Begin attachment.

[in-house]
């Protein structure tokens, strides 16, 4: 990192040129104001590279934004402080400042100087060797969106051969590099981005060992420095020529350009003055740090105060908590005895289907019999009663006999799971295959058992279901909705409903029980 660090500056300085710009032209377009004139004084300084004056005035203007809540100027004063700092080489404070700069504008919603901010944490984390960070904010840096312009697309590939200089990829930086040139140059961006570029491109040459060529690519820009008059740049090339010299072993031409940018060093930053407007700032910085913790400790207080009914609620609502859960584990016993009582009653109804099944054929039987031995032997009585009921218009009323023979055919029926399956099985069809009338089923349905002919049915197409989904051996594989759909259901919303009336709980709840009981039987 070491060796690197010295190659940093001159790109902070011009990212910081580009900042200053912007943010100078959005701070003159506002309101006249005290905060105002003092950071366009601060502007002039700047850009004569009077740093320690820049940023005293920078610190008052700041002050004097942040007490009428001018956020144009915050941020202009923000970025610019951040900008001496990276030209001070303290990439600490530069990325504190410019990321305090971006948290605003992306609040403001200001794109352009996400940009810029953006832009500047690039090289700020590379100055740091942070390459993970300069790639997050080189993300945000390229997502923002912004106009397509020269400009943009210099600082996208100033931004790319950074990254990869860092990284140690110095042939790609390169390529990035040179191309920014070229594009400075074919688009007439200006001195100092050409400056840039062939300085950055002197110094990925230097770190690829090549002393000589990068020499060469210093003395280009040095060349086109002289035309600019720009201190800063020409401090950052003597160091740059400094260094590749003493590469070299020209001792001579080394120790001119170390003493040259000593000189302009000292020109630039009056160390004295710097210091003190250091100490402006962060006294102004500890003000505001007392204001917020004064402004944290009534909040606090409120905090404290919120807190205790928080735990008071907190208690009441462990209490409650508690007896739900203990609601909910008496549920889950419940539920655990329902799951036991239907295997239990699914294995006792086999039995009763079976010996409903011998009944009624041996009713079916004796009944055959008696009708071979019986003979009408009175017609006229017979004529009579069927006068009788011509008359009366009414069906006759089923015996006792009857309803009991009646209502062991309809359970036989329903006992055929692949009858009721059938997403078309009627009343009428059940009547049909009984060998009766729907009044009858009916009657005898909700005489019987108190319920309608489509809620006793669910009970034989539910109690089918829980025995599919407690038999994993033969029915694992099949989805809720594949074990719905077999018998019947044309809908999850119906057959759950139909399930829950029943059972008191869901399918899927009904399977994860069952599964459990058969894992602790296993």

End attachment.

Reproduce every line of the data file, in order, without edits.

[in-house]
């Protein structure tokens, strides 16, 4: 990192040129104001590279934004402080400042100087060797969106051969590099981005060992420095020529350009003055740090105060908590005895289907019999009663006999799971295959058992279901909705409903029980 660090500056300085710009032209377009004139004084300084004056005035203007809540100027004063700092080489404070700069504008919603901010944490984390960070904010840096312009697309590939200089990829930086040139140059961006570029491109040459060529690519820009008059740049090339010299072993031409940018060093930053407007700032910085913790400790207080009914609620609502859960584990016993009582009653109804099944054929039987031995032997009585009921218009009323023979055919029926399956099985069809009338089923349905002919049915197409989904051996594989759909259901919303009336709980709840009981039987 070491060796690197010295190659940093001159790109902070011009990212910081580009900042200053912007943010100078959005701070003159506002309101006249005290905060105002003092950071366009601060502007002039700047850009004569009077740093320690820049940023005293920078610190008052700041002050004097942040007490009428001018956020144009915050941020202009923000970025610019951040900008001496990276030209001070303290990439600490530069990325504190410019990321305090971006948290605003992306609040403001200001794109352009996400940009810029953006832009500047690039090289700020590379100055740091942070390459993970300069790639997050080189993300945000390229997502923002912004106009397509020269400009943009210099600082996208100033931004790319950074990254990869860092990284140690110095042939790609390169390529990035040179191309920014070229594009400075074919688009007439200006001195100092050409400056840039062939300085950055002197110094990925230097770190690829090549002393000589990068020499060469210093003395280009040095060349086109002289035309600019720009201190800063020409401090950052003597160091740059400094260094590749003493590469070299020209001792001579080394120790001119170390003493040259000593000189302009000292020109630039009056160390004295710097210091003190250091100490402006962060006294102004500890003000505001007392204001917020004064402004944290009534909040606090409120905090404290919120807190205790928080735990008071907190208690009441462990209490409650508690007896739900203990609601909910008496549920889950419940539920655990329902799951036991239907295997239990699914294995006792086999039995009763079976010996409903011998009944009624041996009713079916004796009944055959008696009708071979019986003979009408009175017609006229017979004529009579069927006068009788011509008359009366009414069906006759089923015996006792009857309803009991009646209502062991309809359970036989329903006992055929692949009858009721059938997403078309009627009343009428059940009547049909009984060998009766729907009044009858009916009657005898909700005489019987108190319920309608489509809620006793669910009970034989539910109690089918829980025995599919407690038999994993033969029915694992099949989805809720594949074990719905077999018998019947044309809908999850119906057959759950139909399930829950029943059972008191869901399918899927009904399977994860069952599964459990058969894992602790296993």